Edited by Jeffrey Bardzell, Shaowen Bardzell and Mark Blythe
Hardcover, 840 pages, $90
Published by The MIT Press
The term critical theory refers to a collection of schools of philosophy in academia that can and do get applied to many things—from these emerged important ideas such as feminism and postcolonialism. In Critical Theory and Interaction Design, editors Jeffrey Bardzell, Shaowen Bardzell and Mark Blythe have assembled 40 essays from an array of philosophers—from Umberto Eco to Slavoj Žižek—that apply critical theory to interaction design.
I’ll be honest: This book is not an easy read. It is not a particularly light read, either, nor is it, at 840 pages, particularly light. It is going to make you, brave interaction designer, question yourself. Are your creations truly making a difference? Critical Theory and Interaction Design will just as likely bruise your motivation to work on valueless apps as it will bruise your foot if you drop it.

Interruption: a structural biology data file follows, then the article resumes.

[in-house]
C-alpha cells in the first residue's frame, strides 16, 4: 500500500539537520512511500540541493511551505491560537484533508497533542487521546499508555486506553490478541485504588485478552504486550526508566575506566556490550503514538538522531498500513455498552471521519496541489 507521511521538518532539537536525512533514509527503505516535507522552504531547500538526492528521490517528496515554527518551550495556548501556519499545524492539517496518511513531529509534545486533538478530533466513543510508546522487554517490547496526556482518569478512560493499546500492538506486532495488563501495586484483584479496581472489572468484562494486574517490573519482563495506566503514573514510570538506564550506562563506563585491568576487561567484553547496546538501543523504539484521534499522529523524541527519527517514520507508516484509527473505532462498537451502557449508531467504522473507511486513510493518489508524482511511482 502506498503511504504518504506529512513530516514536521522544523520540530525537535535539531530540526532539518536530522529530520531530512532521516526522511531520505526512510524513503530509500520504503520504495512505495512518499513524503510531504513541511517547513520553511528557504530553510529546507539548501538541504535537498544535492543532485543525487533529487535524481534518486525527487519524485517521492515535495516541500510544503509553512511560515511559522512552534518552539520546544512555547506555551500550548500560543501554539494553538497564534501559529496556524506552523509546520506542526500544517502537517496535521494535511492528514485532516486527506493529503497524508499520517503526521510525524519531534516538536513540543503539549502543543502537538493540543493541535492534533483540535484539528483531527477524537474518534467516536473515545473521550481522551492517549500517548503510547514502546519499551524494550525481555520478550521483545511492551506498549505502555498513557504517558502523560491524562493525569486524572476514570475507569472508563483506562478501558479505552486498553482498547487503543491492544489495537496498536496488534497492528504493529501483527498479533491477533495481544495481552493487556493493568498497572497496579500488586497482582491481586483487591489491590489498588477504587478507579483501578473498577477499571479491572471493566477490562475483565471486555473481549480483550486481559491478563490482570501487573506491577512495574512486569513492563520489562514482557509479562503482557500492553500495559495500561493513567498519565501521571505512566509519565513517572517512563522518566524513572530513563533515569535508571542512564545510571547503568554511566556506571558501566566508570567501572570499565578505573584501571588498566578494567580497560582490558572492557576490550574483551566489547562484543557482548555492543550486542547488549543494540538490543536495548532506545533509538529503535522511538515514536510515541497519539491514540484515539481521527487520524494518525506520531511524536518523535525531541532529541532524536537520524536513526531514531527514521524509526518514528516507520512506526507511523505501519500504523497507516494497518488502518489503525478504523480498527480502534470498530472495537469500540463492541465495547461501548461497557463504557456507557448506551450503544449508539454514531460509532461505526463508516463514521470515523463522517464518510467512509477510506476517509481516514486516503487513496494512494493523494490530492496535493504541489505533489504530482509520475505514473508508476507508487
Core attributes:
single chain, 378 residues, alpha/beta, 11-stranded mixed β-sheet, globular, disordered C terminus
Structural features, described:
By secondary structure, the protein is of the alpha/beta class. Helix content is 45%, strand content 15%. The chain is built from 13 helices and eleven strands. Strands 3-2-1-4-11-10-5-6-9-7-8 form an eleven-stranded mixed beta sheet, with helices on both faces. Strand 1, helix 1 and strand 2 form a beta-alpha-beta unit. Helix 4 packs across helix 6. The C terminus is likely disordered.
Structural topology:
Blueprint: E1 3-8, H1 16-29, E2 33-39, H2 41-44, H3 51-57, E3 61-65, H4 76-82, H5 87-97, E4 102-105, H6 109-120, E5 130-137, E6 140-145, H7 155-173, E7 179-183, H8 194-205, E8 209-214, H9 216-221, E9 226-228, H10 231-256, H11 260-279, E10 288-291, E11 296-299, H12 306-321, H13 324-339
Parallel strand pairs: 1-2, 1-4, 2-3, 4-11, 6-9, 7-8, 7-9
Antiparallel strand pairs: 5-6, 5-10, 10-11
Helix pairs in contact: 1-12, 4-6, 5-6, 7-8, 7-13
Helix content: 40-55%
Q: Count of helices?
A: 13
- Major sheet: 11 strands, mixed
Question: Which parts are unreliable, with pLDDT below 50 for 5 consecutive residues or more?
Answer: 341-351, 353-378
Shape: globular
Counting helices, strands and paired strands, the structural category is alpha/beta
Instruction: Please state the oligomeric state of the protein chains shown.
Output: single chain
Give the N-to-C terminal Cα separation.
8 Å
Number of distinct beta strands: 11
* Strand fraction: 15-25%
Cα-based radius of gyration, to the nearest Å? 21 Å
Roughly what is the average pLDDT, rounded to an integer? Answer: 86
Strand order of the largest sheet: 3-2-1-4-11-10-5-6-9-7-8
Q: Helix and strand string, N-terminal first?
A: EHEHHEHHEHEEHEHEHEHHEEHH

But hear me out: this book is a necessary read. While many essays do not relate to interaction design directly, there are several that excellently bridge the gap between concept and application. For example, in “Performing Interaction Design with Judith Butler,” Ann Light, who is a professor at Northumbria University’s School of Design, writes on how, after reading Butler’s theories on gender construction, she better understands why users might reject narrow definitions of gender embedded in computer operations. How can you improve your approach to solving the world’s problems not only from a technological standpoint, but also from a philosophical standpoint? Critical theory will only help you design more effectively. —Michael Coyne